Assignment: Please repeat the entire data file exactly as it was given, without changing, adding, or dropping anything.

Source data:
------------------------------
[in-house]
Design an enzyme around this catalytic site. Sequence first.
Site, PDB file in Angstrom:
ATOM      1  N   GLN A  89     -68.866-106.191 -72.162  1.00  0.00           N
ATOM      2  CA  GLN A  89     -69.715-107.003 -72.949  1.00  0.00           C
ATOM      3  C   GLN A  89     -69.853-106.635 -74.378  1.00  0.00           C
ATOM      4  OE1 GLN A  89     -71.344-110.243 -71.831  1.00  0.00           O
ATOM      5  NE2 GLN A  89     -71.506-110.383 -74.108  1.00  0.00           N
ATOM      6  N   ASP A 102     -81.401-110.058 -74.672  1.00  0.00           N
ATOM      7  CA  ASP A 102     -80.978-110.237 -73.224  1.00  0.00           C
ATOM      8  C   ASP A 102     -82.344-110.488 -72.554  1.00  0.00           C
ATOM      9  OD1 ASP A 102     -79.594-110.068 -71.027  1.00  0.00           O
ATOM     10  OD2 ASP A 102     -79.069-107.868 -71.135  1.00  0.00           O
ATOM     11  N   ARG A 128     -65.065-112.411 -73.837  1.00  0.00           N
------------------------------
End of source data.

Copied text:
[in-house]
Design an enzyme around this catalytic site. Sequence first.
Site, PDB file in Angstrom:
ATOM      1  N   GLN A  89     -68.866-106.191 -72.162  1.00  0.00           N
ATOM      2  CA  GLN A  89     -69.715-107.003 -72.949  1.00  0.00           C
ATOM      3  C   GLN A  89     -69.853-106.635 -74.378  1.00  0.00           C
ATOM      4  OE1 GLN A  89     -71.344-110.243 -71.831  1.00  0.00           O
ATOM      5  NE2 GLN A  89     -71.506-110.383 -74.108  1.00  0.00           N
ATOM      6  N   ASP A 102     -81.401-110.058 -74.672  1.00  0.00           N
ATOM      7  CA  ASP A 102     -80.978-110.237 -73.224  1.00  0.00           C
ATOM      8  C   ASP A 102     -82.344-110.488 -72.554  1.00  0.00           C
ATOM      9  OD1 ASP A 102     -79.594-110.068 -71.027  1.00  0.00           O
ATOM     10  OD2 ASP A 102     -79.069-107.868 -71.135  1.00  0.00           O
ATOM     11  N   ARG A 128     -65.065-112.411 -73.837  1.00  0.00           N